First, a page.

Sincere Punk-Drag: Skaði Turns Her Gender Into A Mythological Music Being - The Reykjavik Grapevine

Sincere Punk-Drag: Skaði Turns Her Gender Into A Mythological Music Being

Sincere Punk-Drag: Skaði Turns Her Gender Into A Mythological Music Being

Published August 30, 2017

Steindór Grétar Jónsson
Photos by
Hörður Sveinsson

“My art has a lot of sexual energy,” says Skaði, the music producer and performer known for her punk-electro drag performances. “I see drag culture as a way to perform as a sexual being, like expressing an orgasm. I let it flow without specifically meaning to shock. We should all be allowed to express this, wherever we are on the spectrum; gay, bi, straight, trans, non-binary or whatever.”

A ubiquitous figure at the rowdy Drag-Súgur shows and Gay Pride celebrations, Skaði performs in a way that juxtaposes the colourful mainstream of drag. “I feel punk is sincere,” she explains. “You do what you want, whether or not you know how to or can afford it. The cave paintings—the first pieces of human art—are a form of punk, because we needed to create. This is me, this is us, we exist and we made our mark.”

Spiritual awakening

Skaði Þórðardóttir, born Ægir Þór, chose the name of a goddess from Nordic mythology associated with winter. Skaði married Njörður, the god of the sea, when she had to choose a husband based solely on looking at the feet of her divine suitors. The real-life Skaði posits, “I see mythology as a way to explain to myself the struggle of being a woman born in a man’s body. Ægir, the name I was given by my parents, is another name for the god of the sea. It’s like I’m married to myself!”

“I’m not hurting anybody by being who I am, being trans. It’s not like when I take my hormones, some orthodox Russian guy gets leprosy!”

Coming to terms with being trans was a decades’ long journey for Skaði. “I was thirteen years old when I first put on a bra in secret,” she says. “I experienced it like there was something wrong with me I needed to overcome. At 16 years old, I’d become a daily drug user. In 1998, I felt a sort of spiritual awakening—this strength came over me, and I threw away my cocaine and speed, poured the rest of my alcohol down the drain. I went to rehab, joined AA and NA.”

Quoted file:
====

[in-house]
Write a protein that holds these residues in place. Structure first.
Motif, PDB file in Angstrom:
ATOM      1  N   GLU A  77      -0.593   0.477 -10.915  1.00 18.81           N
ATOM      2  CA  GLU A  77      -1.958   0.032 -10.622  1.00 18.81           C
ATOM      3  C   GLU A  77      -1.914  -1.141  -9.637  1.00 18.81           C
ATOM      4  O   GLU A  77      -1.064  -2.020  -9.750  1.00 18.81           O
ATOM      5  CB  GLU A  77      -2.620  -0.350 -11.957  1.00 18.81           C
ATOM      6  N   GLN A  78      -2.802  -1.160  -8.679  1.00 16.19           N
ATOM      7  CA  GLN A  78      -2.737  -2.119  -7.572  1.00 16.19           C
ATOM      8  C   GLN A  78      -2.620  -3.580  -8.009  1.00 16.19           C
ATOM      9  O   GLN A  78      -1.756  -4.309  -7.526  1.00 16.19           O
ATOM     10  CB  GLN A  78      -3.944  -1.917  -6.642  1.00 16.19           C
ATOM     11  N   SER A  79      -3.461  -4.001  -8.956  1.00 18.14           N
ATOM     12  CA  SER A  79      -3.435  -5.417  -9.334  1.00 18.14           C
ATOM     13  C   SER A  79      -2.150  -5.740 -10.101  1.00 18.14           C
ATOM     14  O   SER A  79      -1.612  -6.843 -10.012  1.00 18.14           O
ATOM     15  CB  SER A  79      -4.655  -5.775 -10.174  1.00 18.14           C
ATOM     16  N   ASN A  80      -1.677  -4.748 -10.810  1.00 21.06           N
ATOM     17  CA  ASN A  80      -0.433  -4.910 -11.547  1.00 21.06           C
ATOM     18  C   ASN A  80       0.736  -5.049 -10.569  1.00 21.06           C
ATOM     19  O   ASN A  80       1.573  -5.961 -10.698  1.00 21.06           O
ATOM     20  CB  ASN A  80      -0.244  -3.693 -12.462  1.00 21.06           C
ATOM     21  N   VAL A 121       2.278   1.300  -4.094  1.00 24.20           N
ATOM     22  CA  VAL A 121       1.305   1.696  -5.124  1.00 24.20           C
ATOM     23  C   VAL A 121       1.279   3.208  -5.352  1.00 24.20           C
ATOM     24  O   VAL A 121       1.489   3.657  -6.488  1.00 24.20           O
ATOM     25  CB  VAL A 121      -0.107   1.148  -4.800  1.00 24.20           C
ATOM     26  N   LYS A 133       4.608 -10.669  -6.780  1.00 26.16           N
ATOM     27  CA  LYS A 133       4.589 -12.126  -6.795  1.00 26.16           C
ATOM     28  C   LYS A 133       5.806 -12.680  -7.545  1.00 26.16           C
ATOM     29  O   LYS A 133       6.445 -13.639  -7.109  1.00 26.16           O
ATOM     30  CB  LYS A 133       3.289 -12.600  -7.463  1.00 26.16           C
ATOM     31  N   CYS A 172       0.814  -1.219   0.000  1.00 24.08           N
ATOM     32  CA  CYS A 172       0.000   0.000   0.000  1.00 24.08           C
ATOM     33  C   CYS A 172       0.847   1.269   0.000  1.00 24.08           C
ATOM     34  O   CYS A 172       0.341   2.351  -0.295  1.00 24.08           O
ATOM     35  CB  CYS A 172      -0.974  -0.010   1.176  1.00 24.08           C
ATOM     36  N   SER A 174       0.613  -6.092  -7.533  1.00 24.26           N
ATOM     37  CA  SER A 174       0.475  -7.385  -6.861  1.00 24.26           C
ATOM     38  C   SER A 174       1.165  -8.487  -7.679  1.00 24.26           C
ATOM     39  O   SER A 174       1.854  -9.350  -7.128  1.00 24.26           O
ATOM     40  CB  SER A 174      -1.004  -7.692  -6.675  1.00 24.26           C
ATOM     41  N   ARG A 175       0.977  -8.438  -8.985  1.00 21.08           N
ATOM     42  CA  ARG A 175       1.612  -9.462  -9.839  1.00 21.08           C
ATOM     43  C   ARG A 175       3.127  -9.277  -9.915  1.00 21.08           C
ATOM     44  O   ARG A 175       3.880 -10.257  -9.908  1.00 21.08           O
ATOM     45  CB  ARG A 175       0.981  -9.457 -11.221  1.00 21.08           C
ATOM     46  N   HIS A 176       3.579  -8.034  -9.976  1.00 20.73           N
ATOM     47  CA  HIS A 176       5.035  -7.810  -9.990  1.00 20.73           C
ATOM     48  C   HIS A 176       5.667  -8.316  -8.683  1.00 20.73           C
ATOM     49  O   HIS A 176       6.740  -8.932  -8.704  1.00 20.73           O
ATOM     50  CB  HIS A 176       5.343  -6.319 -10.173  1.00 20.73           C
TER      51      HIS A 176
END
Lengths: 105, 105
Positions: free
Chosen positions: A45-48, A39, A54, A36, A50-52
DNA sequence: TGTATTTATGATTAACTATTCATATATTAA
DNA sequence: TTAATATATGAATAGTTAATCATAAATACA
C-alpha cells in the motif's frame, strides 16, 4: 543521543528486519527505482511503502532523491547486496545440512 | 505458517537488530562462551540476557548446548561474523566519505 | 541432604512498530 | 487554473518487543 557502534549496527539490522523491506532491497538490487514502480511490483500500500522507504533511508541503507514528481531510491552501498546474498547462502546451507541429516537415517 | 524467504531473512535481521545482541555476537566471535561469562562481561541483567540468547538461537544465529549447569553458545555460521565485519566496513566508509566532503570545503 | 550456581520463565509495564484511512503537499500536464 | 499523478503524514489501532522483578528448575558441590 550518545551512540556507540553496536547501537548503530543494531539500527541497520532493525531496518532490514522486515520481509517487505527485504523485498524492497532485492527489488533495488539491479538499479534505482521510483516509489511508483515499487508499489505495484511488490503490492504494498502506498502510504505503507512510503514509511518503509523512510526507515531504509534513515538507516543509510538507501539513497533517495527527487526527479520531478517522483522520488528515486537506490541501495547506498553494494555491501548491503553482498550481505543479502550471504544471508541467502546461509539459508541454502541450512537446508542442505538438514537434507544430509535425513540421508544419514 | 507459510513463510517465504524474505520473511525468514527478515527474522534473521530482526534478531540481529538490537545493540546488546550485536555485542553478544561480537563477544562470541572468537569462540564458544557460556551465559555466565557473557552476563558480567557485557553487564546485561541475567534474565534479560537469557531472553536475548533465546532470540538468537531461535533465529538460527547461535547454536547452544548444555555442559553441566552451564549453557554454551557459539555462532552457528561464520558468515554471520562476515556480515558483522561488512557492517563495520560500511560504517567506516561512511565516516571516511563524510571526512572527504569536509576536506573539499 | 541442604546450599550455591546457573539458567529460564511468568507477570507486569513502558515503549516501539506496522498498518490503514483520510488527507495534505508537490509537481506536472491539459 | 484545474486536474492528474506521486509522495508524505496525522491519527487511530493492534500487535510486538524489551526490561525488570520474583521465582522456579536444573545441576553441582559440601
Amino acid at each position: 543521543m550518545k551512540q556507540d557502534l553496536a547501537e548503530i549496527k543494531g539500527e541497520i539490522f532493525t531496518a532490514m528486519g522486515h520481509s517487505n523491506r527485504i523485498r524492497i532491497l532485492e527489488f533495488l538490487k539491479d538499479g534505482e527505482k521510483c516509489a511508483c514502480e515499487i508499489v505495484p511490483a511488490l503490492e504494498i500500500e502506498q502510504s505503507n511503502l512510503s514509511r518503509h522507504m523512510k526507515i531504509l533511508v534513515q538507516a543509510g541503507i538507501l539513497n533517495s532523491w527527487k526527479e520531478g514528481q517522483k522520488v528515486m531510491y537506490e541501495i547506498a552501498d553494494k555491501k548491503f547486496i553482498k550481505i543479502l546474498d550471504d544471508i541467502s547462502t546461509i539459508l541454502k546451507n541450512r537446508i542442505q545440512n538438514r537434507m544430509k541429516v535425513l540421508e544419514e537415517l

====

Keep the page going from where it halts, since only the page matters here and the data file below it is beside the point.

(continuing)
After having a daughter in the early years of sobriety, Skaði attempted a heteronormative life, with occasional secretive cross-dressing, resulting in cycles of depression and self-harm. Finally, while doing her graduation project at the Royal Academy of the Art in The Hague, she began to come to terms with her gender identity. “I kept asking myself; who am I, what’s the substance of my art, what do I want to convey?” she explains. “My teachers and co-students sometimes told me my art was revealing and brave. But I thought, ‘if you only knew’.”

Barbie dating He-Man

Three years later, she’s more content with herself than ever before. “People didn’t believe me, like ‘I never thought you were like that, I’ve never seen you as feminine’,” she reveals. “I mean, what is it to be a woman or a man? I never played with Barbie, unless she was sleeping with He-Man. I loved skateboarding, but there’s a bunch of girls who love skateboarding and never play with Barbie.”

Having taken this step, Skaði now feels set to focus on her art and performances. “It may be a cliché, but I feel that I can be a voice that says ‘don’t doubt yourself’,” she concludes. “I’m not hurting anybody by being who I am, being trans. It’s not like when I take my hormones, some orthodox Russian guy gets leprosy!”

Find out more at skadimuzik.com. Read more about Icelandic drag here.

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